• Carson has been successful because of his ability to keep his trademark cool demeanor, and that was on full display last night. Carson was mixed because he didn’t do particularly well, but he also didn’t lose. Trump and Carson, the leaders of the field, were both invisible for a lot of the debate. For Trump, that is a loss because his supporters expect a bombastic, roaring candidate. That’s not what Carson supporters expect or want from their candidate, so they are not likely to be disappointed with him for his meager performance last night.
  • Brawl in Boulder: Verbatim – What Was Said Zingers Here’s the best zingers from GOP candidates in last night’s debate:
  • vs. Democrats
  • Bush: “You find me a Democrat for cutting spending $10. I’ll give ‘em a warm kiss.”
  • Christie: “Where I see the weakness is in those three people that are left on the Democratic stage. You know, I see a socialist, an isolationist and a pessimist. And for the sake of me, I can’t figure out which one is which.”
  • Cruz: “The men and women on this stage have more ideas, more experience, more common sense than every participant in the Democratic debate.”
  • vs. Each Other
  • Bush on Rubio: “I’m a constituent of the senator and I helped him and I expected that he would do constituent service, which means that he shows up to work…But Marco, when you signed up for this, this was a six-year term, and you should be showing up to work. I mean, literally, the Senate — what is it, like a French work week? You get, like, three days where you have to show up? You can campaign, or just resign and let someone else take the job.”
  • Rubio response: “Well, it’s interesting. Over the last few weeks, I’ve listened to Jeb as he walked around the country and said that you’re modeling your campaign after John McCain…You know how many votes John McCain missed when he was carrying out that furious comeback that you’re now modeling after? …I don’t remember you ever complaining about John McCain’s vote record. The only reason why you’re doing it now is because we’re running for the same position, and someone has convinced you that attacking me is going to help you.”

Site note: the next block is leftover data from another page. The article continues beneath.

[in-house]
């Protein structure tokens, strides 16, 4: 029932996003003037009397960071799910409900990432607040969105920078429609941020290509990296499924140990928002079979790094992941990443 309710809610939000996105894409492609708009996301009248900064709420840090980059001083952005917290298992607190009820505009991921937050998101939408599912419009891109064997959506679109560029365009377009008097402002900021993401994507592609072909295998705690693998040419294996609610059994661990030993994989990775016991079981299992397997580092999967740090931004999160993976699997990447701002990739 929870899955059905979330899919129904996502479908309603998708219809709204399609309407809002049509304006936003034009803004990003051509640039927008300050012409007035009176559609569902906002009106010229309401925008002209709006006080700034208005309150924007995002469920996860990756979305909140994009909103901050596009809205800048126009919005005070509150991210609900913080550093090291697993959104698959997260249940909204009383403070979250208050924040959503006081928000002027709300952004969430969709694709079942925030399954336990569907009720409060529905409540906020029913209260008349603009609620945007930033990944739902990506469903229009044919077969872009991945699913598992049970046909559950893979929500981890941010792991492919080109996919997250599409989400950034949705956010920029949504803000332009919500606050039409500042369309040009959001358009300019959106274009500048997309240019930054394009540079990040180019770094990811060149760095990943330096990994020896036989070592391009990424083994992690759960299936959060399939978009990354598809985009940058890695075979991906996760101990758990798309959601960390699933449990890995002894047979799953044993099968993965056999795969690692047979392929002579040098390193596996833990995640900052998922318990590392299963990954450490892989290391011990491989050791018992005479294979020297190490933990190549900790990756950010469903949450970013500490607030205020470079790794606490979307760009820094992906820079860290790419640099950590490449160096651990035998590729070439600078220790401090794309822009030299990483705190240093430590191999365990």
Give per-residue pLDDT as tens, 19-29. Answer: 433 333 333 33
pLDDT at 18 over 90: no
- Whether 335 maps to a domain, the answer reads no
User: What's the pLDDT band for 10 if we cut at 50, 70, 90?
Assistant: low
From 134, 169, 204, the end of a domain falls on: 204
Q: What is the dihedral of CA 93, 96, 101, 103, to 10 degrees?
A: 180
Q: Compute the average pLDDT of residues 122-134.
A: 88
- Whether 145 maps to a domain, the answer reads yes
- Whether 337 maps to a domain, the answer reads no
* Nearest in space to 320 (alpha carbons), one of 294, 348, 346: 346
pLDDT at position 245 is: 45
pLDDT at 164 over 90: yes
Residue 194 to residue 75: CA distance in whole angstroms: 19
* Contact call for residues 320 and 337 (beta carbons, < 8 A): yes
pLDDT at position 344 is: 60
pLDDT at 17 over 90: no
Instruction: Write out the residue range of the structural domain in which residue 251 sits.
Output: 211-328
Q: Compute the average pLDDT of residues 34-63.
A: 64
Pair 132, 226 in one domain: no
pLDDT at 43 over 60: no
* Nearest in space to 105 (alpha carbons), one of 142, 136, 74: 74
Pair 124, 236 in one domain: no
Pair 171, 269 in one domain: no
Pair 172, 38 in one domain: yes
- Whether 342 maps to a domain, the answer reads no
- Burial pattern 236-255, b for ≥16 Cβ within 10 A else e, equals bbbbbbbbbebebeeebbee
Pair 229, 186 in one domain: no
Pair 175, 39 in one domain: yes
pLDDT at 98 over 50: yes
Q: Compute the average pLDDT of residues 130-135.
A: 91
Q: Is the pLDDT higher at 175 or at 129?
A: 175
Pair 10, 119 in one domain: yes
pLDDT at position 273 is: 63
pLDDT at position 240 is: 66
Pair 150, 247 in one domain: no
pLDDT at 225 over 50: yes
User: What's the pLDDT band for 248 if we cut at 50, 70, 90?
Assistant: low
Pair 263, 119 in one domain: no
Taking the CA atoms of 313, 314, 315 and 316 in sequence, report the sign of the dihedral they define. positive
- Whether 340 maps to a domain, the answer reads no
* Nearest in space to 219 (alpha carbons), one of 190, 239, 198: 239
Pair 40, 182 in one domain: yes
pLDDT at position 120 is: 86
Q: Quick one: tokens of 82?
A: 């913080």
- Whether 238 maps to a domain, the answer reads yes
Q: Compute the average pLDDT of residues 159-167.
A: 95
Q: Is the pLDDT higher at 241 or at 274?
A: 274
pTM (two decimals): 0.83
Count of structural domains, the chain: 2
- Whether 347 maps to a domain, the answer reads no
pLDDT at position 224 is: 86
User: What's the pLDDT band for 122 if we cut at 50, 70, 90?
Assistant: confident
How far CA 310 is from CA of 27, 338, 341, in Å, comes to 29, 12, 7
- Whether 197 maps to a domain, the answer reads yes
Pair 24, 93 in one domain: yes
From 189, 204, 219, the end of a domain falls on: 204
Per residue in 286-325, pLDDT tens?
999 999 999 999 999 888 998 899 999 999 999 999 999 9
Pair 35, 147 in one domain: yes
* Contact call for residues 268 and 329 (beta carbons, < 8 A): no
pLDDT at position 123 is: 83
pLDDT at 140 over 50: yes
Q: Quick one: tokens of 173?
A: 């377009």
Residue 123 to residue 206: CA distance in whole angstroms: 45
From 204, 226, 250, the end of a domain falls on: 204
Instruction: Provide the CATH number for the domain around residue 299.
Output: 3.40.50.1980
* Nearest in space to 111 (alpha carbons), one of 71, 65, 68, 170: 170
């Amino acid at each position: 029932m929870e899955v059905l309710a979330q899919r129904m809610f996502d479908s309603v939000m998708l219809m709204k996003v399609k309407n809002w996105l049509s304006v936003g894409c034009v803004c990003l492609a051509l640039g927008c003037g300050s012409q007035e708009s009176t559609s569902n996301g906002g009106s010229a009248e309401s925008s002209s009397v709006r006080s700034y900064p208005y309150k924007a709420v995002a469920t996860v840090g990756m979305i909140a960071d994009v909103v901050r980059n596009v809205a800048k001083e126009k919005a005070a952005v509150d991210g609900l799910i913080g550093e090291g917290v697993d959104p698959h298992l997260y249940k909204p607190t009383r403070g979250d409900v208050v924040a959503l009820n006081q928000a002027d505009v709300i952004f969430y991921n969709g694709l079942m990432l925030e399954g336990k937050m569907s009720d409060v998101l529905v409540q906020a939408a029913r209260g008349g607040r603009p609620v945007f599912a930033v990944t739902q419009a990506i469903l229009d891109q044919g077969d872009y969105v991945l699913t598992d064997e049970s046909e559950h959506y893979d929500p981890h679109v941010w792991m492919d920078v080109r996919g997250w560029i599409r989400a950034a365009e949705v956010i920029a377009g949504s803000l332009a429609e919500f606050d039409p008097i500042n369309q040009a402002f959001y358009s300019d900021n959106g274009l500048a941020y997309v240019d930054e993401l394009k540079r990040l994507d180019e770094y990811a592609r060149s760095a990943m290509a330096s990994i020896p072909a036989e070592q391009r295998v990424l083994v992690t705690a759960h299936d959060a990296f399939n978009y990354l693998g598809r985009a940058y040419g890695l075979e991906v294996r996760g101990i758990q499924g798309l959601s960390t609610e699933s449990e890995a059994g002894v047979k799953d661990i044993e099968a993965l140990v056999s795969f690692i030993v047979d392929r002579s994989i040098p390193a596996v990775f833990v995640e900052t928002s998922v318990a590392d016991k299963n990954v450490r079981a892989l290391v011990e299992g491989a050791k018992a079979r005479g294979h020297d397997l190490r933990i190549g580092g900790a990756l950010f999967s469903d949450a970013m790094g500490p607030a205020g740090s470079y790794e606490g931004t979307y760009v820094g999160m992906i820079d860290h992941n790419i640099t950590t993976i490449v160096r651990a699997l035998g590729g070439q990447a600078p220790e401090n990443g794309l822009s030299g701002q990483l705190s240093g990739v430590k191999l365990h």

• Trump on Kasich: “But then his poll numbers tanked…that is why he is on the end.”
  • vs. Media
  • Rubio: “Let me say, I read that [Sun-Sentinel] editorial [calling for his resignation] today with a great amusement. It’s actually evidence of the bias that exists in the American media today…This is another example of the double standard that exists in this country between the mainstream media and the conservative movement.”
  • Rubio: “The Democrats have the ultimate superPAC. It’s called the mainstream media”
  • vs. CNBC moderators
  • Cruz: “The questions that have been asked so far in this debate illustrate why the American people don’t trust the media. This is not a cage match. And, you look at the questions — ‘Donald Trump, are you a comic-book villain?’ ‘Ben Carson, can you do math?’ ‘John Kasich, will you insult two people over here?’ ‘Marco Rubio, why don’t you resign?’ ‘Jeb Bush, why have your numbers fallen?’ How about talking about the substantive issues the people care about? …The contrast with the Democratic debate, where every fawning question from the media was, “Which of you is more handsome and why?”